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Bread, Wine, Chocolate: The Slow Loss of…
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Bread, Wine, Chocolate: The Slow Loss of Foods We Love (edição: 2016)

de Simran Sethi (Autor)

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762269,579 (3.4)4
"Bread, Wine, and Chocolate, part journey to six continents in pursuit of delicious and endangered tastes, part investigation of the loss of biodiversity from soil to plate, tells the story of what we are losing, how we are losing it, and the inspiring people and places that are bringing back the foods we love. Award-winning journalist Simran Sethi travels from wild coffee forests in Ethiopian to cocoa plantations in Ecuador, from the brewery to the bakery to the temple, in order to meet scientists, farmers, chefs, wine makers, beer brewers, coffee roasters, chocolate connoisseurs, bakers, and many more to explore the reasons behind four developing monodiets in order to savor and save the foods we love."--jacket… (mais)
Membro:kobzar1960
Título:Bread, Wine, Chocolate: The Slow Loss of Foods We Love
Autores:Simran Sethi (Autor)
Informação:HarperOne (2016), Edition: Illustrated, 352 pages
Coleções:Sua biblioteca
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Bread, Wine, Chocolate: The Slow Loss of Foods We Love de Simran Sethi

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A pity. Good information that appears to be stuffed into a mish-mash of the book. A look at the disappearance of some of the "staples" of our diets sounded fascinating. Loss of bread, wine or chocolate? Uh oh.
 
Sethi explores the human connection to a small group of foods (others are octopus, beer and coffee). The taste, the histories behind these foods, the memories they can evoke. How we created/harvest them, how and in what quantity they are consumed, how they are disappearing, etc.
 
At least, that's what the book was supposed to be about that. Instead, as other reviews note, the author is all over the place. It is far too many topics in one book. We also get snippets of her experiences/memories/thoughts about these foods too. But the topics run back forth and it felt more like a breathless run through all of these foods without being able to really learn and latch on to what the author was trying to say.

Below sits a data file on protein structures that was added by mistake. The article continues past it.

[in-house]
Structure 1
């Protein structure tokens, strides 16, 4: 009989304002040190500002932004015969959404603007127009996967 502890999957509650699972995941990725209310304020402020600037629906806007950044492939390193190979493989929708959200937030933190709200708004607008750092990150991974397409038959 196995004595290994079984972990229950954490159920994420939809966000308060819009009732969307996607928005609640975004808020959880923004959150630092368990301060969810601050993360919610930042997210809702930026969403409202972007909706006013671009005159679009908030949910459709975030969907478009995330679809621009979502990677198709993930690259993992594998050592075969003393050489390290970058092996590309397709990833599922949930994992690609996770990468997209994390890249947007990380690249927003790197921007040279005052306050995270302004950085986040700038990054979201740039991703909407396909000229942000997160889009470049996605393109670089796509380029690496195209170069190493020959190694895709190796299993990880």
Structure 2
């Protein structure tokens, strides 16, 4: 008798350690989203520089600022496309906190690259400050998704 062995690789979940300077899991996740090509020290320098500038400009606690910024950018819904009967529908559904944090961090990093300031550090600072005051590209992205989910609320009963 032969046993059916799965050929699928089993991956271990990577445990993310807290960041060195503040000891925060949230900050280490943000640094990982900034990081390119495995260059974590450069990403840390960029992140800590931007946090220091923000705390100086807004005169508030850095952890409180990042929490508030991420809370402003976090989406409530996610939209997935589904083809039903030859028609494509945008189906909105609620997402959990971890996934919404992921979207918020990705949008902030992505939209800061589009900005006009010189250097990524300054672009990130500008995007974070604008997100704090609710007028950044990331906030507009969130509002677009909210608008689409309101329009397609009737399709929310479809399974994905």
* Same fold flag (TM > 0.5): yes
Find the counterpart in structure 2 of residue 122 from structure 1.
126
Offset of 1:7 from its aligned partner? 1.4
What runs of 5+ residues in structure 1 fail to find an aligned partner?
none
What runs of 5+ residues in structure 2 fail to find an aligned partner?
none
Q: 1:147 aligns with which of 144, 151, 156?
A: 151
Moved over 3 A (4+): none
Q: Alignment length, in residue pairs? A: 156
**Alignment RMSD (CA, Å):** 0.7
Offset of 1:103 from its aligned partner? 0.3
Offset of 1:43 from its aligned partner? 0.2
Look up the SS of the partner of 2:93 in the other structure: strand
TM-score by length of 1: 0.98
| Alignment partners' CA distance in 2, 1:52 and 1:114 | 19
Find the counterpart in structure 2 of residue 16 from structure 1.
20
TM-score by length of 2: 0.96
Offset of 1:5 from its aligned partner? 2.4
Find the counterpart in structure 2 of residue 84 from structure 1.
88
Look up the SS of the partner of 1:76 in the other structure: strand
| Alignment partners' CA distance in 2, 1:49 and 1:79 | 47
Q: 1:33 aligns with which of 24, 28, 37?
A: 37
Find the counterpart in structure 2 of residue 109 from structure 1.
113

It is, in fact, difficult to know what the author is saying. I would personally jot it down to the fact that she's a journalist. Nothing wrong with that, but journalists who write books rarely translate well for me. Unlike some of the others I did like some of her personal stories where she talked about foods and what they meant to her, including how excited she was when a McDonald's opened near her in India or how a food brought her back to her grandmother's cooking. That said, I understand why people felt her writing was far too self-centered and unappealing.
 
It's a pity. I bought this because the library didn't have it but it was a waste. However, for the right person or for someone who knows little about this field it might be an interesting read. Would really recommend the library though. It's not a book to keep. ( )
  HoldMyBook | Feb 11, 2018 |
What's not to like? Wine, Chocolate, Coffee, Beer, and Bread? (Plus one more that I'll get to...)

Sethi breaks each examination into three parts...a mix of her personal history with the food and historical history (wasn't sure how else to put that); looks at sourcing and the impacts of high yield hybrids and strains on the higher quality beans, grains, yeasts, grapes, etc. - loss of diversity; and a short section on how the experts suggest enjoying each. She does a good job telling the story of the small farmers, vintners, chocolatiers "operating on the slimmest og magins", trying to make a living.